It means that millionaire Crosbie's big wheel, which opened at the weekend, will be the only attraction of its kind in the capital.
The Wheel of Dublin, which is Ireland's answer to the London Eye, stands 60 metres high and offers unparalleled views across the city, as far as the Dublin mountains and Howth Head.
The DDDA did have plans to build an observation wheel at George's Dock or Custom House Quay, however, a spokeswoman confirmed to the Herald that it had shelved its plans.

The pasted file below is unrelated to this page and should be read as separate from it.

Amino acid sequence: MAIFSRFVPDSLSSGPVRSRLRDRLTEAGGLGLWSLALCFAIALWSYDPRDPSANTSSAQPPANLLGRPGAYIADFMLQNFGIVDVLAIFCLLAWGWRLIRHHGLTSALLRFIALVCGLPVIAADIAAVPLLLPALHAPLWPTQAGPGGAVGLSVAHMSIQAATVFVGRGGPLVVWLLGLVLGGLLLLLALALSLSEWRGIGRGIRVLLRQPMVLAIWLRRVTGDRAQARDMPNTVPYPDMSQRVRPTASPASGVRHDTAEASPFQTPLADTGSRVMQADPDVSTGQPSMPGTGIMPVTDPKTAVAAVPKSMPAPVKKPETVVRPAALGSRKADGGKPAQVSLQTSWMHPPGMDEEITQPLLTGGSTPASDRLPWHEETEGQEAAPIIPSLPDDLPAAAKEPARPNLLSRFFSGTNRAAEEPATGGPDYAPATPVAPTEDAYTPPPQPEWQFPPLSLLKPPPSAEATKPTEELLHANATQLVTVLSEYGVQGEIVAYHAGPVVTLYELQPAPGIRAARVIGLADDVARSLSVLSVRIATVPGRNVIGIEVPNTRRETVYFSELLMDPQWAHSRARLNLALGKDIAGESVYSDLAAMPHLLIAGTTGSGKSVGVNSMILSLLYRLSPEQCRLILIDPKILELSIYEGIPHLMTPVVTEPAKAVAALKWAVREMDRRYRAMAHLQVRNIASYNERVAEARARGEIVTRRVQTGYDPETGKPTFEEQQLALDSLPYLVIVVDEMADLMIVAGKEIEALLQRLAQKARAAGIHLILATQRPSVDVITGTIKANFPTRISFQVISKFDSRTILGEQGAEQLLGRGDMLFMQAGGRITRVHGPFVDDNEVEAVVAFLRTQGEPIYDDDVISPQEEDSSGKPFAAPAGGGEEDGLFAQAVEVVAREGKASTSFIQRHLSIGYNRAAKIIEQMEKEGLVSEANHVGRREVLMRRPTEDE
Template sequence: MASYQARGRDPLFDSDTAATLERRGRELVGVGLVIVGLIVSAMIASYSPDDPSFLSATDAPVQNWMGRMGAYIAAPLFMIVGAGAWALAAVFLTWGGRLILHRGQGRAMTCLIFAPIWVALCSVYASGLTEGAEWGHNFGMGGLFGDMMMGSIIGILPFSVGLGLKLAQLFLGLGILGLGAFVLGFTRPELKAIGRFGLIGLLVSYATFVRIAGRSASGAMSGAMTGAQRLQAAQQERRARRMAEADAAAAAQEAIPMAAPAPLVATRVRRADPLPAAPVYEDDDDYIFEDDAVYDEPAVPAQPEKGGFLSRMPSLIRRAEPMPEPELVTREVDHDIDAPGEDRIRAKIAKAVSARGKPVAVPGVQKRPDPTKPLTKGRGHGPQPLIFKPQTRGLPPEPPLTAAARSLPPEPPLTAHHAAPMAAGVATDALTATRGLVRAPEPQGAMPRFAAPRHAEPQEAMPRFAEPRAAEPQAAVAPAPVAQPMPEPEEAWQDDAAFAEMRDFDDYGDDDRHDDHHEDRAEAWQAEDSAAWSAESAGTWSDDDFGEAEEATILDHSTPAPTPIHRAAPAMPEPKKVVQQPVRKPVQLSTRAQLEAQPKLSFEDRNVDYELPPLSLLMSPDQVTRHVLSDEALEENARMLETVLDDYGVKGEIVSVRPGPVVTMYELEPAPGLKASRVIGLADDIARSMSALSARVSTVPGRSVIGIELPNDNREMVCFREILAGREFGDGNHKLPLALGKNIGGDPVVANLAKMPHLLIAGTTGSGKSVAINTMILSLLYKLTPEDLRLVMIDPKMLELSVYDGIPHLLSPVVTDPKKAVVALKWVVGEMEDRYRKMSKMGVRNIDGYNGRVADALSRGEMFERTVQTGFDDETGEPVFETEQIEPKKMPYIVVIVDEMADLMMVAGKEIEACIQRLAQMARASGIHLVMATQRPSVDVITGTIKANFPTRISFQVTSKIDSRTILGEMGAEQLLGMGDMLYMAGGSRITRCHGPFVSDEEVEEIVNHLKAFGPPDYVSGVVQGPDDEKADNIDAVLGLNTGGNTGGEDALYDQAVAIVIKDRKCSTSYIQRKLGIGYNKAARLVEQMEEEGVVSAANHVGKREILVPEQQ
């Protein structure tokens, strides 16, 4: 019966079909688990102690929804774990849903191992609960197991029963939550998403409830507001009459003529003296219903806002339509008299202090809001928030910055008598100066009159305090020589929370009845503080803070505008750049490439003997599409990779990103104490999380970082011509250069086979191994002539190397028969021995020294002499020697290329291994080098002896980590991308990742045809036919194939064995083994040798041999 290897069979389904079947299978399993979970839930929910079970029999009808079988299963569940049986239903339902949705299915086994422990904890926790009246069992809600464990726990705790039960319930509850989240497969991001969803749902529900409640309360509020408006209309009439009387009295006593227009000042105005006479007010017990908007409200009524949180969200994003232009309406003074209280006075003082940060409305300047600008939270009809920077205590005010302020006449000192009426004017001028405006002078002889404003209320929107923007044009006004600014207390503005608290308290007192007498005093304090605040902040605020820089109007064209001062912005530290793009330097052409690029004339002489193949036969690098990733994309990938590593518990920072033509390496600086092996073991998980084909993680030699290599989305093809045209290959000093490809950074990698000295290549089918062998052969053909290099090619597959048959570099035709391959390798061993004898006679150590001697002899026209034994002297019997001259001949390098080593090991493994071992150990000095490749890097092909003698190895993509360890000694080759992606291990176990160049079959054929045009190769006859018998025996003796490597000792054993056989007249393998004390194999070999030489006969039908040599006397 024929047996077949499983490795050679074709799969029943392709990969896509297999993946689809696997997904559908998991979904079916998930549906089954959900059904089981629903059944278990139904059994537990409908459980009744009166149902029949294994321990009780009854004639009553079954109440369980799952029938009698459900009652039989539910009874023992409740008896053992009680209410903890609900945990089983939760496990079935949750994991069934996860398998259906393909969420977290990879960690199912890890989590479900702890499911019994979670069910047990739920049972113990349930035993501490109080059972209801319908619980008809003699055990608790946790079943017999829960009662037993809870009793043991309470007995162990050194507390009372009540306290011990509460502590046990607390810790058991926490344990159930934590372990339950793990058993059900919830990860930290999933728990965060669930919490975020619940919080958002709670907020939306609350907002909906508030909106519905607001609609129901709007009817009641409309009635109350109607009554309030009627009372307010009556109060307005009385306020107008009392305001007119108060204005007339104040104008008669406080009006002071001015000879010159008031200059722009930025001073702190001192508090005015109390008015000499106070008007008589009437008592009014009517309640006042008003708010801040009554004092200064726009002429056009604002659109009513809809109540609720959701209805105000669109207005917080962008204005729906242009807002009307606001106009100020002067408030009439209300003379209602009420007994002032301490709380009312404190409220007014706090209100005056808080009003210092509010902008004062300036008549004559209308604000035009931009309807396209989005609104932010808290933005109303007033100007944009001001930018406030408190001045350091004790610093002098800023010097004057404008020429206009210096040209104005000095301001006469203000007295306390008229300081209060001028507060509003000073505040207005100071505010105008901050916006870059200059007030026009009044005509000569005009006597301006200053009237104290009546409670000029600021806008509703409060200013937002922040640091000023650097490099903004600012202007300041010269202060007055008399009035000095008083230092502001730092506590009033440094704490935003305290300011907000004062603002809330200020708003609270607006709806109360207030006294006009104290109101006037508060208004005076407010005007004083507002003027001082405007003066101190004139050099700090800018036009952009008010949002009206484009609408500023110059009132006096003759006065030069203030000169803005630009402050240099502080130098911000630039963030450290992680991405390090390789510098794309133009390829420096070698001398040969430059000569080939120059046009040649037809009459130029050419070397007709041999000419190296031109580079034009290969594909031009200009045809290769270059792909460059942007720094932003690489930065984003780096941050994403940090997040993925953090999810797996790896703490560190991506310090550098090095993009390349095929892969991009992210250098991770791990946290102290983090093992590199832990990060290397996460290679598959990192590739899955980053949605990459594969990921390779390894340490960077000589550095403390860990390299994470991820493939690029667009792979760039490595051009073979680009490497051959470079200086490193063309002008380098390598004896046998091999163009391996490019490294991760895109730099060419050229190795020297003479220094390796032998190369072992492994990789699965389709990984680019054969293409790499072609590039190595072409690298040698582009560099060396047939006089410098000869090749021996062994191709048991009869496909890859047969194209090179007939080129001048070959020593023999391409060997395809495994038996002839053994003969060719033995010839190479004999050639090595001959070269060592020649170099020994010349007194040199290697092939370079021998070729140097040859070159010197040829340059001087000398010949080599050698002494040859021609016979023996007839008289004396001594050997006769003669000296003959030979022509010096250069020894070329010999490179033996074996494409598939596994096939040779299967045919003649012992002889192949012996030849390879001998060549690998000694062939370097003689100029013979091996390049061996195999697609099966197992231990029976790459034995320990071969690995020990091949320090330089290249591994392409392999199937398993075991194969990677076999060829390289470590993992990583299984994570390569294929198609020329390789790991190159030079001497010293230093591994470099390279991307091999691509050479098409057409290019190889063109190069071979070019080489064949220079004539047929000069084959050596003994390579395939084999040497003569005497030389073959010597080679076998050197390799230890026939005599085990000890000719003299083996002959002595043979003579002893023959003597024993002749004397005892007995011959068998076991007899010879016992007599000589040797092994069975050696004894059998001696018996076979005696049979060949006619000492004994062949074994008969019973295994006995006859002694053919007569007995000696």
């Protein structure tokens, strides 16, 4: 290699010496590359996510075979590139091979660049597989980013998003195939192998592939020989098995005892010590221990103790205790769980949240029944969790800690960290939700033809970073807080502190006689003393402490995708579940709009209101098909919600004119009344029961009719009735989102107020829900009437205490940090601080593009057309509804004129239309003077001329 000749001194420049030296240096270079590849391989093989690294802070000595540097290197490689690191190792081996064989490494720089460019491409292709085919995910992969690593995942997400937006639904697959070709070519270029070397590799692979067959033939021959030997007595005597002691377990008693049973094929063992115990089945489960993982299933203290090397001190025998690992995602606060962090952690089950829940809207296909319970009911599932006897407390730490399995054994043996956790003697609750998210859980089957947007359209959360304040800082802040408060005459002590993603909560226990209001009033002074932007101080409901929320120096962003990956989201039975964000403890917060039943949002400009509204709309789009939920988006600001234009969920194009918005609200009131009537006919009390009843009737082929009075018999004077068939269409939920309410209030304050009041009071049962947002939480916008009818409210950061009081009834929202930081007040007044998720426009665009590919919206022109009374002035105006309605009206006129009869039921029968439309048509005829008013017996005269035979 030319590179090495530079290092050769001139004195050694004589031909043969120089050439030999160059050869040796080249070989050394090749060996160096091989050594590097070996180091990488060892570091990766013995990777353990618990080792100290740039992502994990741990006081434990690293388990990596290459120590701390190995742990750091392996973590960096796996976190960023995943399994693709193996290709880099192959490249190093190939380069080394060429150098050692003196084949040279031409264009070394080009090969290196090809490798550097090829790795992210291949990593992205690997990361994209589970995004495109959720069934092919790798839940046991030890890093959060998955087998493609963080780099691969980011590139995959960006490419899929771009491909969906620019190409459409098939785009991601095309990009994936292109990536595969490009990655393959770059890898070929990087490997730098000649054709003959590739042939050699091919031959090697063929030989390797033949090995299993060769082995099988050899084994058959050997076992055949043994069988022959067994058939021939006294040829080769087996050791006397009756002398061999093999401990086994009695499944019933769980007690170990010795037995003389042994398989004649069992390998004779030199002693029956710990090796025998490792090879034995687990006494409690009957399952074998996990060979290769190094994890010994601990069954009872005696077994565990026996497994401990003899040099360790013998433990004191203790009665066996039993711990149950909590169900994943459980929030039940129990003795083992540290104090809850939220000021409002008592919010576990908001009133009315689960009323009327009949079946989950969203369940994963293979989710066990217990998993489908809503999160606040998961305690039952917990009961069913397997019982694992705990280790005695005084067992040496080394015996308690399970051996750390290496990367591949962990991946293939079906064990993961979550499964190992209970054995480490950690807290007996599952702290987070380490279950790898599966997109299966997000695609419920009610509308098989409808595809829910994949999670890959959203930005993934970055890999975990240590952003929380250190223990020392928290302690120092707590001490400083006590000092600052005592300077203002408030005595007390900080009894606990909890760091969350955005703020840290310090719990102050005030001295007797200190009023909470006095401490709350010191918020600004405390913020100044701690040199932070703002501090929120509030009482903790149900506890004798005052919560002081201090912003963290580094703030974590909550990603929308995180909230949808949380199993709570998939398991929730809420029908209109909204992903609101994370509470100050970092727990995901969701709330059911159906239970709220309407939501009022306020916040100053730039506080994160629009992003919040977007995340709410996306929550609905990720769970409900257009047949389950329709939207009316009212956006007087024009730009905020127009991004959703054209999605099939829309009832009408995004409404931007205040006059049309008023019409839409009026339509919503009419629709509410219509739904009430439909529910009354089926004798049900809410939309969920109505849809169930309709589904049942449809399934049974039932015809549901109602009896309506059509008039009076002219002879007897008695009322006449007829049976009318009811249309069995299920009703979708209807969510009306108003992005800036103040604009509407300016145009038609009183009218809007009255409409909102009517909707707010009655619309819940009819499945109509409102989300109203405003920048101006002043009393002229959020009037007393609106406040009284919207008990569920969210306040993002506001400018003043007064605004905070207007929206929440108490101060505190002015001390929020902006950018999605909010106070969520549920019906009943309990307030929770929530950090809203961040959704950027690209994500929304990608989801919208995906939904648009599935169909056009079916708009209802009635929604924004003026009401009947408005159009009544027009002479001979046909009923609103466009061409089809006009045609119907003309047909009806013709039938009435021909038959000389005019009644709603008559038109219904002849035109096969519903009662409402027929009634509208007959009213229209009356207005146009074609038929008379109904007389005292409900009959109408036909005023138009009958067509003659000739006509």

If both projects had gone ahead, the city would have had two almost identical attractions just 1km apart.
There was much interest in the opening of the city's new big wheel. However, there were teething problems with the opening, which was postponed to today.
Visitors will be able to enjoy sky-high views of the capital on the Wheel from Saturday at a cost of €9 per person for a 13-minute trip. The new venture cost between €8 and €10m.
The wheel is being joined by an outdoor performance area and markets and Mr Crosbie expects the market to be the country's biggest with 150 stalls and to host free lunchtime rock shows.